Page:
In Malaysia, a ban on fungus-infested nuts and dried fruit with a carcinogenic sweetener from China was met with a Chinese alert on litchi-flavored yogurt from Malaysia that it said didn't meet labeling requirements. Malaysia has long had a history of food safety issues with Chinese products.

When the smaller states do not relent, China enacts countermanding measures;

[Soon after the Indonesian meetings], China had announced a ban on Indonesian seafood. Husniah said she accused the Chinese of taking retaliatory trade actions. "You banned our seafood because of our public warning about your products"... She said Chinese officials denied this was the case...

Days after the Philippines announced the problem, the Chinese government enacted its own recall of banana chips from the Philippines, saying they contained high levels of sulfur dioxide, which is used as a preservative but can be toxic at high levels. China dispatched representatives all over Asia to talk to food inspectors in other countries...

One is left with the impression that China is more aggravated than repentant, and that it will continue to sell defective materials and products where possible. This does little to build trust that China will move to rectify its defects.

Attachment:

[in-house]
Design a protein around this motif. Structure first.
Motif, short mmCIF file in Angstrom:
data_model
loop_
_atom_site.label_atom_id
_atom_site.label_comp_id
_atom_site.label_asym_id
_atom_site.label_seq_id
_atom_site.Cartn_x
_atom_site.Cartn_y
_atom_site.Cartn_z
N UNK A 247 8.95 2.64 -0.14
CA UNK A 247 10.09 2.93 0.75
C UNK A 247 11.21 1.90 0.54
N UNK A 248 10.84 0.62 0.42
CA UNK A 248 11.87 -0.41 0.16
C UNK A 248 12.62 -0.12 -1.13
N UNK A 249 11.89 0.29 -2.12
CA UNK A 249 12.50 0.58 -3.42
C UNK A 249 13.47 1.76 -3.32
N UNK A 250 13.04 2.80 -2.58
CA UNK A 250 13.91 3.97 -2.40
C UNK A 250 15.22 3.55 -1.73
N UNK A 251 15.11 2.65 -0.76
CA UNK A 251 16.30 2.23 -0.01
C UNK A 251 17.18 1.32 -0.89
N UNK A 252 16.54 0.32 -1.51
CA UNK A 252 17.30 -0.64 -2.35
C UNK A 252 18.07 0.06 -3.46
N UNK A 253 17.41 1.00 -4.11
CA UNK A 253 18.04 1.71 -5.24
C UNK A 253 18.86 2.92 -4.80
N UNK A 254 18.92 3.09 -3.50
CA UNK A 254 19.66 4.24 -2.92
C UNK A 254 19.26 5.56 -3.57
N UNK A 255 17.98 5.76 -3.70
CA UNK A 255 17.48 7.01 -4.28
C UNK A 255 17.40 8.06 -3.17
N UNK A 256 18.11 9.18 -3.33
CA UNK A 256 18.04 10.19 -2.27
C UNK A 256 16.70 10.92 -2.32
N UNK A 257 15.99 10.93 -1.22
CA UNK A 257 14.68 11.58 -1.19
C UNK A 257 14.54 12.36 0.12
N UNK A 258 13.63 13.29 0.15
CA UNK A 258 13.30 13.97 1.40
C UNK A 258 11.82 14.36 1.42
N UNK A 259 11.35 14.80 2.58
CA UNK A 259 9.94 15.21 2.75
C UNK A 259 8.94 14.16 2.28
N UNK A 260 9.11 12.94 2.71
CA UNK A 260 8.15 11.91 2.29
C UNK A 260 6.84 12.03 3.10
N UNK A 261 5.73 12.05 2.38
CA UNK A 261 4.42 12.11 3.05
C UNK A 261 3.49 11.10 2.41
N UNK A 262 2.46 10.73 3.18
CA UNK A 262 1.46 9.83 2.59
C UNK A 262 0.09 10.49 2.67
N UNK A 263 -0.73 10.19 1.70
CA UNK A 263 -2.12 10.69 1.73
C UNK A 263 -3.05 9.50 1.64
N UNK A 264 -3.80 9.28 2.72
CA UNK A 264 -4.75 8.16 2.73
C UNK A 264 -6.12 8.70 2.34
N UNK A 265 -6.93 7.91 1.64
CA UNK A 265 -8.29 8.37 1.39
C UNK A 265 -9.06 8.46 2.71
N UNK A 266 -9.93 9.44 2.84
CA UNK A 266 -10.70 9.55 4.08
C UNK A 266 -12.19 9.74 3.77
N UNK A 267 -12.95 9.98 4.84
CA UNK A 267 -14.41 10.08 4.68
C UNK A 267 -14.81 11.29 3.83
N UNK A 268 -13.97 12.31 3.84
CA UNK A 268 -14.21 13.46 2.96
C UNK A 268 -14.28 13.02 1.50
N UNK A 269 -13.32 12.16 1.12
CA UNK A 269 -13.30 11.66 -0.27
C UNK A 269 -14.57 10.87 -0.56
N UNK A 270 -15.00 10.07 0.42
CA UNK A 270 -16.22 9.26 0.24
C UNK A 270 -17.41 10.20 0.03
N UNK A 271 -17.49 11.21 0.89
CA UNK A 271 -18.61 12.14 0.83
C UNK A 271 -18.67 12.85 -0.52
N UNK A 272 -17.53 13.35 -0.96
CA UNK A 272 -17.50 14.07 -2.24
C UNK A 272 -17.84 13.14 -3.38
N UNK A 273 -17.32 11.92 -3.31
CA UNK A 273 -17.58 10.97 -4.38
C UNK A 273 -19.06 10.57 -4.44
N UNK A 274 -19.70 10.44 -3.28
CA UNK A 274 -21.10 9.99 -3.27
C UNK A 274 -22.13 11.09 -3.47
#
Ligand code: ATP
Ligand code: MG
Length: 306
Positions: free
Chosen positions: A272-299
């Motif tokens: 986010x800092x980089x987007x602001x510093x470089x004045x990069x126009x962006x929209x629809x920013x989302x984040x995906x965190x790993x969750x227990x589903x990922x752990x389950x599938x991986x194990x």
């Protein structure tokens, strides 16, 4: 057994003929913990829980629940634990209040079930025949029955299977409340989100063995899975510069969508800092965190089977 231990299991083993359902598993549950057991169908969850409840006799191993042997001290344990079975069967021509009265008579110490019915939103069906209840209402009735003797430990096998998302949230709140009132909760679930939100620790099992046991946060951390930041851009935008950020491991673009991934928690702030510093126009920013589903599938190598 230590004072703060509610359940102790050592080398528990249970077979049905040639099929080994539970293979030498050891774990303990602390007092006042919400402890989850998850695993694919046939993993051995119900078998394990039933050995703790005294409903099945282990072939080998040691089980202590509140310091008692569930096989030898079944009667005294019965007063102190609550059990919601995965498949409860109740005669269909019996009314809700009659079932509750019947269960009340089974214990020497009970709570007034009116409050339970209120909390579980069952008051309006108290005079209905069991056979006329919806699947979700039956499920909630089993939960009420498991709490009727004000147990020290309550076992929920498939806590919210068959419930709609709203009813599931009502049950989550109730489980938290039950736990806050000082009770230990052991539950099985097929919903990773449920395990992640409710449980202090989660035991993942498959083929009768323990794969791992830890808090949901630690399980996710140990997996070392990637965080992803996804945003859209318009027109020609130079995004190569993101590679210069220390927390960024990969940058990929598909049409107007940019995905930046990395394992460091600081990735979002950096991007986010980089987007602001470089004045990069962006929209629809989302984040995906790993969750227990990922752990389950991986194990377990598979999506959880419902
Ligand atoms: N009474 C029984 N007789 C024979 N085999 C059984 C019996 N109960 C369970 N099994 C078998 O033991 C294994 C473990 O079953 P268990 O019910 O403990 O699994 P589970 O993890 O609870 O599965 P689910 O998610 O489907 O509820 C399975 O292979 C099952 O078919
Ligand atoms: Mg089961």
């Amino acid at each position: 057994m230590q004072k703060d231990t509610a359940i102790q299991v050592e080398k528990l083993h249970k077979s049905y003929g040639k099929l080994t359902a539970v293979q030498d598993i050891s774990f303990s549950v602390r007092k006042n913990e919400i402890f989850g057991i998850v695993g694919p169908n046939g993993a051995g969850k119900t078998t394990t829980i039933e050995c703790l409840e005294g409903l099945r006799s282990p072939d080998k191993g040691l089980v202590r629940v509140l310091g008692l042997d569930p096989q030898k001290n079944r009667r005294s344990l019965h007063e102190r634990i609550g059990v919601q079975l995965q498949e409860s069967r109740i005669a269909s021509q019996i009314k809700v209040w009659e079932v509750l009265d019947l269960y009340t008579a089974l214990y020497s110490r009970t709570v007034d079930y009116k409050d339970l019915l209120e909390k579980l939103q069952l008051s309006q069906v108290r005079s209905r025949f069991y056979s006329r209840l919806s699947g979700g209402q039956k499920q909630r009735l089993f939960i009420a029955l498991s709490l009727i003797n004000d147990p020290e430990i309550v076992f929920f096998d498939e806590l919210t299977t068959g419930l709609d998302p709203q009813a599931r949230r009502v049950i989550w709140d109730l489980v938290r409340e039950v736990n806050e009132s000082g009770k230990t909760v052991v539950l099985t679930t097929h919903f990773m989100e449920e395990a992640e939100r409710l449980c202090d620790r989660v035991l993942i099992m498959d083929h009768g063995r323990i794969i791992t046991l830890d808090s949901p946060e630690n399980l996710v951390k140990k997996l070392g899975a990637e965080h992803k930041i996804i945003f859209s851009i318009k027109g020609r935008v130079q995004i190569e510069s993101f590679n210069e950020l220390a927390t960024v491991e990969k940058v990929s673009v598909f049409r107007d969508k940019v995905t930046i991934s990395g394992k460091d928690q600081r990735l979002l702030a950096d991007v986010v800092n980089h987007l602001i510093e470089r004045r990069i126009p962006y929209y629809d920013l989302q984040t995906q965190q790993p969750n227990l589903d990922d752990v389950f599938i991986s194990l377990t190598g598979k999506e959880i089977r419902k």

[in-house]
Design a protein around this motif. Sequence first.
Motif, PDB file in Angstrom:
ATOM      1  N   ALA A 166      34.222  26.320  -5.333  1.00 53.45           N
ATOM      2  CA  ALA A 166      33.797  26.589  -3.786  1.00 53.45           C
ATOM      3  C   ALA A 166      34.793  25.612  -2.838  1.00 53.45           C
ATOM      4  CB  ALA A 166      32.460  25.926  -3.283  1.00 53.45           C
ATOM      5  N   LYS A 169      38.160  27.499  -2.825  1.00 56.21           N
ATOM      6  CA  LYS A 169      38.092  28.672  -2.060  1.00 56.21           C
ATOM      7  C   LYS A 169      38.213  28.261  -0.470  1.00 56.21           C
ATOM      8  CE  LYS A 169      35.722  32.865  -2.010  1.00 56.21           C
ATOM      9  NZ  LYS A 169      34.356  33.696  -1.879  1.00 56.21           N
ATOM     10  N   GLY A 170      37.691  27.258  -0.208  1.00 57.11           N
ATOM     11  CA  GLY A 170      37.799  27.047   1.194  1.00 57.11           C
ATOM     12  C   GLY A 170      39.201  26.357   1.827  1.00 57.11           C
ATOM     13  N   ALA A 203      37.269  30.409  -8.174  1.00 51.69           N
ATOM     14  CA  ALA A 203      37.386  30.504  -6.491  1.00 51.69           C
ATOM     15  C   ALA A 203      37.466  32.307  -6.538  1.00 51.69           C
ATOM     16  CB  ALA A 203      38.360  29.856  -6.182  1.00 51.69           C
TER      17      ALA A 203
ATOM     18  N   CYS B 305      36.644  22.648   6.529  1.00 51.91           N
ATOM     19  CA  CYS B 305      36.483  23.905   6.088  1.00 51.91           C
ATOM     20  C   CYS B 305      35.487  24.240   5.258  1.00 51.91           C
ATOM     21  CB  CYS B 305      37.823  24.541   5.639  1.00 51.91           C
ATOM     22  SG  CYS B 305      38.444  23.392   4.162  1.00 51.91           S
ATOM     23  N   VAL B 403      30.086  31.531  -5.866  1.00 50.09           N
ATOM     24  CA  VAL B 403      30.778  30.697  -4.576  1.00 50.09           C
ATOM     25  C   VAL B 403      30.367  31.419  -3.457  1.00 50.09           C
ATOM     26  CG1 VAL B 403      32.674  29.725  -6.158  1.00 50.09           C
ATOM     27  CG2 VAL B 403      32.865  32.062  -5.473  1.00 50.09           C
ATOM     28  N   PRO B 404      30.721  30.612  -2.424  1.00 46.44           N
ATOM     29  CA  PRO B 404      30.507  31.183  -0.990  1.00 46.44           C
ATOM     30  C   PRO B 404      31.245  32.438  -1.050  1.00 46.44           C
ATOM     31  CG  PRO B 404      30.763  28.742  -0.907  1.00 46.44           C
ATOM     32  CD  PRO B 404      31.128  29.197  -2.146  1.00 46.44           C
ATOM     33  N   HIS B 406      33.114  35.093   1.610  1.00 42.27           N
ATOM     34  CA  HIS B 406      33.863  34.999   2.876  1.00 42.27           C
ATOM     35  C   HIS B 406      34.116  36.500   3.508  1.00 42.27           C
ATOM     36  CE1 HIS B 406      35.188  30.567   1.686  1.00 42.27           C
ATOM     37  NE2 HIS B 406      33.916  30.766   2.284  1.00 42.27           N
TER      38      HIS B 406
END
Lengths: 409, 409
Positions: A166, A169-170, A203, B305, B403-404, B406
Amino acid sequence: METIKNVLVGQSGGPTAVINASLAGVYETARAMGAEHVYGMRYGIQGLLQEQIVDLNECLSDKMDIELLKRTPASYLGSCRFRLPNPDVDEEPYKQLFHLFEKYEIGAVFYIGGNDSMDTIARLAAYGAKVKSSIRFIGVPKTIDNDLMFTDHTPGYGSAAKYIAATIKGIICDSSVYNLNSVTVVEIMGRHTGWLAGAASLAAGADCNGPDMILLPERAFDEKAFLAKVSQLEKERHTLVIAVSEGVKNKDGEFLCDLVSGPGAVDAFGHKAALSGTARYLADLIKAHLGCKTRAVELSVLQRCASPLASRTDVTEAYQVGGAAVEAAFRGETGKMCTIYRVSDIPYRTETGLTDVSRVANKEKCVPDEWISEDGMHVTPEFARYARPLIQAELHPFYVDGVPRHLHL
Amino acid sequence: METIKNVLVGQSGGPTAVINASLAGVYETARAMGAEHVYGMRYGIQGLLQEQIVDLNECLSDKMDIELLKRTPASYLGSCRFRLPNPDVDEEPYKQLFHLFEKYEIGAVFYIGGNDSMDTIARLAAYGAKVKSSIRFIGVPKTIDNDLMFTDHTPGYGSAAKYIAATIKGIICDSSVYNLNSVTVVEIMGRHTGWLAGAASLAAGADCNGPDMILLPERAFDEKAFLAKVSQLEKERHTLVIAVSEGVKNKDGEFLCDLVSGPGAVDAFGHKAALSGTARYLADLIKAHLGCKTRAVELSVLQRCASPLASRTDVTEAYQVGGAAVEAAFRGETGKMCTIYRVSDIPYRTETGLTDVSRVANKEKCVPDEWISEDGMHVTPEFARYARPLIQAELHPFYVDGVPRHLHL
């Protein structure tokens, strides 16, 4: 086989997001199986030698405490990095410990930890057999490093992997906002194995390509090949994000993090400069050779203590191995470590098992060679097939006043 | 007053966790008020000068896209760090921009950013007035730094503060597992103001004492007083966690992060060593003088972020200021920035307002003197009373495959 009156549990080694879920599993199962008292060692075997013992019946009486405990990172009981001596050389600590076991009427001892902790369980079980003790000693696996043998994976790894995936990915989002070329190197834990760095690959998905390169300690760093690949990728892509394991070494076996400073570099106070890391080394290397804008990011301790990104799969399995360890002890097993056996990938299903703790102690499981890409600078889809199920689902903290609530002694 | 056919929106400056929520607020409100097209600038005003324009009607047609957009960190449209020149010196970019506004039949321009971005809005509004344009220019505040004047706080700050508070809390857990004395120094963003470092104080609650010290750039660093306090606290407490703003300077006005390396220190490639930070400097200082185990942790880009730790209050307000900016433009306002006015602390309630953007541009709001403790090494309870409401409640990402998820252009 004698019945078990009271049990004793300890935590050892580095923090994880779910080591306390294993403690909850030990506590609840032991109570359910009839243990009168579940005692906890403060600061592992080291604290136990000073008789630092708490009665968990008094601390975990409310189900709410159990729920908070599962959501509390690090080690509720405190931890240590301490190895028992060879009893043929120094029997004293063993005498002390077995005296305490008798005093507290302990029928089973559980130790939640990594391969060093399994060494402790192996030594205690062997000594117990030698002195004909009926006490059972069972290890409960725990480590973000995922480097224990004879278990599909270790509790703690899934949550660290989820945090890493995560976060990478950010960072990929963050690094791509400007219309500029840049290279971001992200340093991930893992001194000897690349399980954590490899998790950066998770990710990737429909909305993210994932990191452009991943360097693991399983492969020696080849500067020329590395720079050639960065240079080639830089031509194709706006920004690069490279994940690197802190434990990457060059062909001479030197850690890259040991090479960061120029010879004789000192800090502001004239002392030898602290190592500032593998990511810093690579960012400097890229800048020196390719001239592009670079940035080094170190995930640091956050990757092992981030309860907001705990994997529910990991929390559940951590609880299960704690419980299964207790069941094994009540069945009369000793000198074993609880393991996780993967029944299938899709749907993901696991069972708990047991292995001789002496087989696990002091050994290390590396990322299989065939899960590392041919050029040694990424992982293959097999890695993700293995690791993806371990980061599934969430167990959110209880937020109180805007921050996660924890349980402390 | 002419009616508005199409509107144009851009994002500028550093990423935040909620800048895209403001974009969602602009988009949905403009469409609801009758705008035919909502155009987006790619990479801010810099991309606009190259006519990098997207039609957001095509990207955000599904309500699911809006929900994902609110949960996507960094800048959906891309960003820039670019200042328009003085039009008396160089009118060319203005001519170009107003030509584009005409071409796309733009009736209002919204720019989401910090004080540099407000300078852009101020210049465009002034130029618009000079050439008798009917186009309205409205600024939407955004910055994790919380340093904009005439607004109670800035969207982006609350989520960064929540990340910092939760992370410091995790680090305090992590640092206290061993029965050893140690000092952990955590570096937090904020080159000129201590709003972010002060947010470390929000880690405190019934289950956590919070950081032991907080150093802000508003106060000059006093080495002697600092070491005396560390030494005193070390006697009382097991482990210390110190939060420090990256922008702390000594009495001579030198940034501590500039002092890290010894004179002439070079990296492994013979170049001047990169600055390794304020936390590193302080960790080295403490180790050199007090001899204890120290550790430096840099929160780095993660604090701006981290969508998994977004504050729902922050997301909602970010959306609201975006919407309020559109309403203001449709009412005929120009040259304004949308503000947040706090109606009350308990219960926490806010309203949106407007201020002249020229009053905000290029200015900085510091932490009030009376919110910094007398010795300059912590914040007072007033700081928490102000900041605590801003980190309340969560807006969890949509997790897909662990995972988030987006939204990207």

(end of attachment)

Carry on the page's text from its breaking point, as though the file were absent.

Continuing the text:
Next: A China facet: White light vehicle cloning driven by absence of indigenous vehicle designs and packaging

New Threat From China: Shoddy Steel Imports
By Jim Ostroff
Kiplinger Business Resources
September 7, 2007

PRC tries to clean up image in Sydney
FIGHTING BACK: Hu Jintao pointed out that 99 percent of exports from China to the US, EU and Japan from 2004 to the first half of this year were up to standard
By Jessie Ho
Taipei Times
Friday, Sep 07, 2007

Importer to recall Chinese-made car fuses
Auto parts company alerted regulators to fuses that don't blow when they should and could cause fires.
By Peter Valdes-Dapena
September 6 2007: 11:34 AM EDT

Asians Say Trade Complaints Bring Out the Bully in China
By Ariana Eunjung Cha
Washington Post
September 5, 2007

AISC Requests Data from Independent Testing of HSS
From American Institute of Steel Construction, Inc.
September 04, 2007

Steel Products from China